Last updated on March 17th, 2015 at 11:18 pm
If you’re part of a Bitcoin-related company operating in Europe, you might want to take a look at the subtle statement issued by the German Federal Financial Supervisory Authority (BaFin) in December 2011, a document whose existence a lot of people ignore. The document directly concerns only Bitcoin businesses domiciled in Germany, but since BaFin is one of the most important and recognized regulatory institutions in the European Union, all crypto-businesses in Europe should consult it.
Back in 2011 Bitcoin was already important, at least for the super powerful Germans. So they didn’t expect for people to start working with the coin, they got ahead and integrated some guidelines in the German Payment Services Supervision Act, one of the codes that transfers the EU Payment Services Directive into the German law.
Refusing to consider Bitcoin as e-money, BaFin refers to the cryptocurrency as a “unit of value” (a term without legal meaning) and not “unit of account”, a technical term from the field of finance law.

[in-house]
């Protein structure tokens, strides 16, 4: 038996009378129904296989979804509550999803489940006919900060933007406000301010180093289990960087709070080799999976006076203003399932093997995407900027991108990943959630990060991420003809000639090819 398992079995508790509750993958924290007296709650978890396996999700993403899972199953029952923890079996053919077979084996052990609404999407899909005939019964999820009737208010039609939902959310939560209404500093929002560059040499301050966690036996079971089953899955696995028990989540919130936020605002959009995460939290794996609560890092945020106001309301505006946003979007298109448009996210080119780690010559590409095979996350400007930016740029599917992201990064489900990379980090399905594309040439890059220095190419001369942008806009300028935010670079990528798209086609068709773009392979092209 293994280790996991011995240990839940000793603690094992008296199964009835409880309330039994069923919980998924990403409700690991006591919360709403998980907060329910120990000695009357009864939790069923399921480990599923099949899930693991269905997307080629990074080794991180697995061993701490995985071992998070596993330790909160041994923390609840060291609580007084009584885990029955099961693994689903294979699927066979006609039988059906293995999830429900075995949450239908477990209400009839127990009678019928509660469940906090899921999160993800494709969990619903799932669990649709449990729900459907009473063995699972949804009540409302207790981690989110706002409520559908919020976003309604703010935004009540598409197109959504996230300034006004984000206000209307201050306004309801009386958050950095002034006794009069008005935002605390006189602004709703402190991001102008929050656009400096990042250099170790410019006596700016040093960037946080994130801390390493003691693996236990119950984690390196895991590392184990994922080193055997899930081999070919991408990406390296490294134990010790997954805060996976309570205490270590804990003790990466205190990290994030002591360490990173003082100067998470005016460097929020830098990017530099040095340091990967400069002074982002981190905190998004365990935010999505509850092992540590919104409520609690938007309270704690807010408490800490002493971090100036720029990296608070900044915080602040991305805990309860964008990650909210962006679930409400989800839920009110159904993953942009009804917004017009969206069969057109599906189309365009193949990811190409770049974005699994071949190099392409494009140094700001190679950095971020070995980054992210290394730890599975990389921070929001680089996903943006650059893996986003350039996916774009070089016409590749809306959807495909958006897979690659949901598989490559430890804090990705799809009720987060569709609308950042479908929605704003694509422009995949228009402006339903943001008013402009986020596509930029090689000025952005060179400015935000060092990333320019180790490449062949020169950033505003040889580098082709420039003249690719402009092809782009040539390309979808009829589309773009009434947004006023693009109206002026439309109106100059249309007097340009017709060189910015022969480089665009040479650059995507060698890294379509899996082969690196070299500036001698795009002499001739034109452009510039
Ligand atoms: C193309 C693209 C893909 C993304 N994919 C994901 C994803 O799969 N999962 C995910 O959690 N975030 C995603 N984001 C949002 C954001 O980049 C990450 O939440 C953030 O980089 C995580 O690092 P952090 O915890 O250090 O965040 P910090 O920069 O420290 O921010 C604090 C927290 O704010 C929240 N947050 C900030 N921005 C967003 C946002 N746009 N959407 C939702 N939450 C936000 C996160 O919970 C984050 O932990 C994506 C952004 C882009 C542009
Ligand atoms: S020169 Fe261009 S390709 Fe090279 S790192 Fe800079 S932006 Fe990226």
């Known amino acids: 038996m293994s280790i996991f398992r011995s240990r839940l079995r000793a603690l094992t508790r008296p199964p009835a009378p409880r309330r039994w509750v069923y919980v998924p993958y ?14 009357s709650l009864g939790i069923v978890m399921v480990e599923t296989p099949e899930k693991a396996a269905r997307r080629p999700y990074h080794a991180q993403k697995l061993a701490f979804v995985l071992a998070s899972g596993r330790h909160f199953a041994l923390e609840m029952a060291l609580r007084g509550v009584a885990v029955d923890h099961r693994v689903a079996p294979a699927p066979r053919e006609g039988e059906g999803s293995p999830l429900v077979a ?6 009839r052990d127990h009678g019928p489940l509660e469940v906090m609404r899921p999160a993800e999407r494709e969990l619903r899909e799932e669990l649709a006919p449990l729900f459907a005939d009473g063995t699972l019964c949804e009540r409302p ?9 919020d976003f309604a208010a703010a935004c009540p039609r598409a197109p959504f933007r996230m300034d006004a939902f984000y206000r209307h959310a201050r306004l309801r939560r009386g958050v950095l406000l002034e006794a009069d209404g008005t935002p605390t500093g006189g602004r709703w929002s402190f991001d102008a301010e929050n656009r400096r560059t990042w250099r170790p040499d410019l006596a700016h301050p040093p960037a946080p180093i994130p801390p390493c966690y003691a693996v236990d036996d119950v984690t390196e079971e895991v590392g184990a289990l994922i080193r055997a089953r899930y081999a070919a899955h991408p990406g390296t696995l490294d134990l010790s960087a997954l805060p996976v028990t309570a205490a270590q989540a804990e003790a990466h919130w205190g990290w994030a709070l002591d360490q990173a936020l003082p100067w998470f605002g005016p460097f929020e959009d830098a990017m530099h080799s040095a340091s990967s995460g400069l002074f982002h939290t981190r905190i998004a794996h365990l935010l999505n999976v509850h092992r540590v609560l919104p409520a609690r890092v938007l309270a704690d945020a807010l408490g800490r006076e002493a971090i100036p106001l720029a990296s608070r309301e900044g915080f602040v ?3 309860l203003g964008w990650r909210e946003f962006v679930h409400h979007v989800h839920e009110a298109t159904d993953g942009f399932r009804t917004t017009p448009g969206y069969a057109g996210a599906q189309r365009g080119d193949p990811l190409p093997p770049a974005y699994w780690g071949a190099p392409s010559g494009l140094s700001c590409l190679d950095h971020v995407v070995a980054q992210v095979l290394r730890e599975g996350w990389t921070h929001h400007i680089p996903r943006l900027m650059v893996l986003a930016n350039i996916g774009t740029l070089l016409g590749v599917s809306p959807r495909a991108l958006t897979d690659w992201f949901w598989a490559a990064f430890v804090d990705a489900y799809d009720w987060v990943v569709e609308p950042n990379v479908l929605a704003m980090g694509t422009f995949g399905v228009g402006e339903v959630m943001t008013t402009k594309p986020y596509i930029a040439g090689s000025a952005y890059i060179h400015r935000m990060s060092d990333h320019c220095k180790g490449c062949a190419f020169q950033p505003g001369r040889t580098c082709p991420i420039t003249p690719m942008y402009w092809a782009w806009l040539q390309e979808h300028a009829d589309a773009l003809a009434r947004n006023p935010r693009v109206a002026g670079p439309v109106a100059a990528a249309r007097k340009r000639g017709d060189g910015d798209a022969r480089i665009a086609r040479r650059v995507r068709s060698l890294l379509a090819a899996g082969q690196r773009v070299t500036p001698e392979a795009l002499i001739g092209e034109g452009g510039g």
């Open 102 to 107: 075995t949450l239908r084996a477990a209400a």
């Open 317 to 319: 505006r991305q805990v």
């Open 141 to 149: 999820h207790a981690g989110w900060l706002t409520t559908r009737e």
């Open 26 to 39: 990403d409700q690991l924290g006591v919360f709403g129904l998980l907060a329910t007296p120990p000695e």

BaFin is clearly cautious when talking about Bitcoin, stating that the “creation” (what we call mining) of Bitcoins and their “use as a medium of payment” do not need a license. However, the same regulation that is applicable to banks and financial services could be also applicable to Bitcoin transactions under two conditions. The first one claims that this can happen if Bitcoins become an “object of trade” and the second one means that the rules are applicable if the “structure of the transaction” justifies doing so. If these two criteria are met, Bitcoins become “units of account” and, therefore, financial instruments.
Sure, the rules can be quite pliable at this point, since we’re not even using technical terms that are part of the regulatory system. In this case, BaFin clearly doesn’t agree with some of the other opinions out there regarding cryptocurrency, but the rules aren’t written in stone yet, anyway.
There’s not a lot of conclusive information for now, but it doesn’t hurt to take a look at the non-official guidelines that come from the experts and, most importantly, from the authorities. Better safe than sorry!
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